|시간 제한||메모리 제한||제출||정답||맞은 사람||정답 비율|
|1 초||256 MB||1||1||1||100.000%|
Lou Va is the curator of a world-renowned art museum. While he has hundreds of pieces of artwork on display, there are certain ones that are extremely valuable and need extra levels of security. Lou has set up a collection of security locations throughout the museum and plans to place security guards there to keep an eye on the valuable art.
After careful analysis of the art pieces and the security guards’ resumes, Lou has assigned different levels to each art piece and each guard. A level n art piece is one which must be in view of at least n security guards. A level m security guard is one who has enough experience to keep an eye on up to m pieces of art. Lou wants to place the guards so that each piece of art can be watched by the appropriate number of guards.
One more complication: this is a modern-art musuem, and its layout is non-conventional. Walls of all the rooms are either straight line segments or arcs of circles. The first two layouts in Figure 1 show one such room, with different placements of guards and art pieces (with their respective level values shown). In addition, there may be one or more interior sets of walls that can block the guards’ views, as shown in the third layout below. Any set of interior walls forms a simple closed loop, and if there is more than one such set of interior walls, none will intersect or nest within each other.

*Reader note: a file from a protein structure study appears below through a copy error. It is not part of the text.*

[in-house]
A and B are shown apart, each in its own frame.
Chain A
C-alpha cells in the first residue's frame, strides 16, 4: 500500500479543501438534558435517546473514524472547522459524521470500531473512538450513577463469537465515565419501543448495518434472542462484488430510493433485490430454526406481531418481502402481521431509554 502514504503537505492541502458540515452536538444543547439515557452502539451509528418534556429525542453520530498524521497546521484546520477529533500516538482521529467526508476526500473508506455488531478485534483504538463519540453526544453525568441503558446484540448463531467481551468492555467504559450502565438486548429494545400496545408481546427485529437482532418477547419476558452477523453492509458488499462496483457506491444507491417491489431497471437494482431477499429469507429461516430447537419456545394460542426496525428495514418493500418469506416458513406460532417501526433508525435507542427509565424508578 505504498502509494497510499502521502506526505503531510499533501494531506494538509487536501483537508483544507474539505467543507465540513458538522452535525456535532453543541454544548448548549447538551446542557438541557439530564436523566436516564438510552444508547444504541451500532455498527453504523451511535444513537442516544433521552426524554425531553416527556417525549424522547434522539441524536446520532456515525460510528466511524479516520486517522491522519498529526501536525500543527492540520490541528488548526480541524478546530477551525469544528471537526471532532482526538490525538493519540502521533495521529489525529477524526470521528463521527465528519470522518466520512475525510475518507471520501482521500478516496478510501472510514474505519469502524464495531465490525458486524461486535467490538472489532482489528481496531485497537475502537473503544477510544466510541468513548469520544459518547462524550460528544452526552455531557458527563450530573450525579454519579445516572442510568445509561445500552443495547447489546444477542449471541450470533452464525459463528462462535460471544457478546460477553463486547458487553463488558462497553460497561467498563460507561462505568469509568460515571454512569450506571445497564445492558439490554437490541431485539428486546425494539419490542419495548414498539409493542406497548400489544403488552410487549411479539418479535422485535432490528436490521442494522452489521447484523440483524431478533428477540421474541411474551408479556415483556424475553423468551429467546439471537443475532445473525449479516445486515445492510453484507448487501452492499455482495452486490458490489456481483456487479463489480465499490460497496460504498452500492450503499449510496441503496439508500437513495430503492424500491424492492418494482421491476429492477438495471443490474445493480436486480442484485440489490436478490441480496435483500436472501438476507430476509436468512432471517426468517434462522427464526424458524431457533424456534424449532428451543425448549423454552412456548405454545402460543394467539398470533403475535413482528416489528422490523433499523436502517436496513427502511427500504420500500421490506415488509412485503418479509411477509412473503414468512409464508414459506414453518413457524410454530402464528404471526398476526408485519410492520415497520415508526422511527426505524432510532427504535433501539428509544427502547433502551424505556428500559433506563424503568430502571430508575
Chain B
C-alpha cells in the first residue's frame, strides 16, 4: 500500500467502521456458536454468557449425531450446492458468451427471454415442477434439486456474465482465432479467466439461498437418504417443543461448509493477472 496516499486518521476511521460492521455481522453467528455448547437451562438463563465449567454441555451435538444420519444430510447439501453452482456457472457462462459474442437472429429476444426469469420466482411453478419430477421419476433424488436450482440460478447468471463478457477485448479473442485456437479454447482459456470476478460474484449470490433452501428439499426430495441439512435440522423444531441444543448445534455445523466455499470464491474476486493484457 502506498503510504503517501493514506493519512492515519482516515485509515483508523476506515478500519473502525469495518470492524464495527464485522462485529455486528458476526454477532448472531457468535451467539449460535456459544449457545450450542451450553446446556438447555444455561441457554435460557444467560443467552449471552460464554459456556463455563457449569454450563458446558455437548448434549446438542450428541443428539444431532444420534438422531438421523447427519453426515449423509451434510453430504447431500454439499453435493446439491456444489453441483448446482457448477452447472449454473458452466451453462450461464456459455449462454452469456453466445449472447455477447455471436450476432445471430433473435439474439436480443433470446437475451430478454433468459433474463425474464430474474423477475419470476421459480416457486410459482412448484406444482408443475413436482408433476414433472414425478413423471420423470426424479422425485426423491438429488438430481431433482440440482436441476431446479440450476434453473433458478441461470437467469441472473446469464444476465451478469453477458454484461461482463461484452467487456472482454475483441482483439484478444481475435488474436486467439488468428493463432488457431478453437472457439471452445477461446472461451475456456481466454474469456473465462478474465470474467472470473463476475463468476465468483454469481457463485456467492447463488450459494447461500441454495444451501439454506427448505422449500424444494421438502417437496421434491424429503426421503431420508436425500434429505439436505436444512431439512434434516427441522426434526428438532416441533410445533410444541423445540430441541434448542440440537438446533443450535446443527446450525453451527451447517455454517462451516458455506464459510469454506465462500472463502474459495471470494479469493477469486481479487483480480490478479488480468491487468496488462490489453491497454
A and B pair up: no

As the second and third examples show, sometimes the placements of the guards is not sufficient to watch all of the art pieces. Lou needs to know this, as he will then change either the placements of the guards or the art pieces. He has come to you for some help.
The first line of each test case contains three integers n a g indicating the number of wall sets, art pieces and guards, respectively, where 1 ≤ n and 0 ≤ a, g ≤ 100. Following this are descriptions of each of the n wall sets, where the first set is the set of outer walls. Each description starts with an integer m indicating the number of walls in the wall set. This is followed by m sets of integer coordinates xi yi each followed by either an ‘s’ or a ‘c’. An ‘s’ indicates that point (xi, yi) should be connected by a straight-line wall to the next point, and a ‘c’ indicates it should be connected with a circular arc. Following a ‘c’ are two integers giving the dx and dy values of the tangent line of the circle at the point (xi, yi). Two examples of this are shown in Figure 2.
The total number of walls for all the rooms in any test case will be ≤ 125. Following the wall specifications are a integer coordinates giving the location of the art pieces, each followed by a positive level number. Next are g integer coordinates giving the location of the guards, each followed by a positive level number. No wall corner will lie on a line segment connecting an art piece and a guard, and no line between an art piece and a guard will ever be tangent to a curved wall. All coordinates are in the range -150000 to 150000. A line containing three 0’s will terminate input.
For each test case, output the case number and either Yes or No indicating whether or not the guards in their current locations can watch the art pieces at the appropriate levels.
1 3 2 5 0 0 s 0 20 c 0 1 20 20 s 40 20 s 40 0 s 2 18 1 15 18 2 38 2 2 2 2 3 38 18 2 1 3 2 5 0 0 s 0 20 c 0 1 20 20 s 40 20 s 40 0 s 2 18 1 18 24 2 38 2 2 2 2 3 38 18 2 2 3 2 5 0 0 s 0 20 c 0 1 20 20 s 40 20 s 40 0 s 2 23 19 c 1 0 15 11 s 2 18 1 15 18 2 38 2 2 2 2 3 38 18 2 0 0 0
Case 1: Yes Case 2: No Case 3: No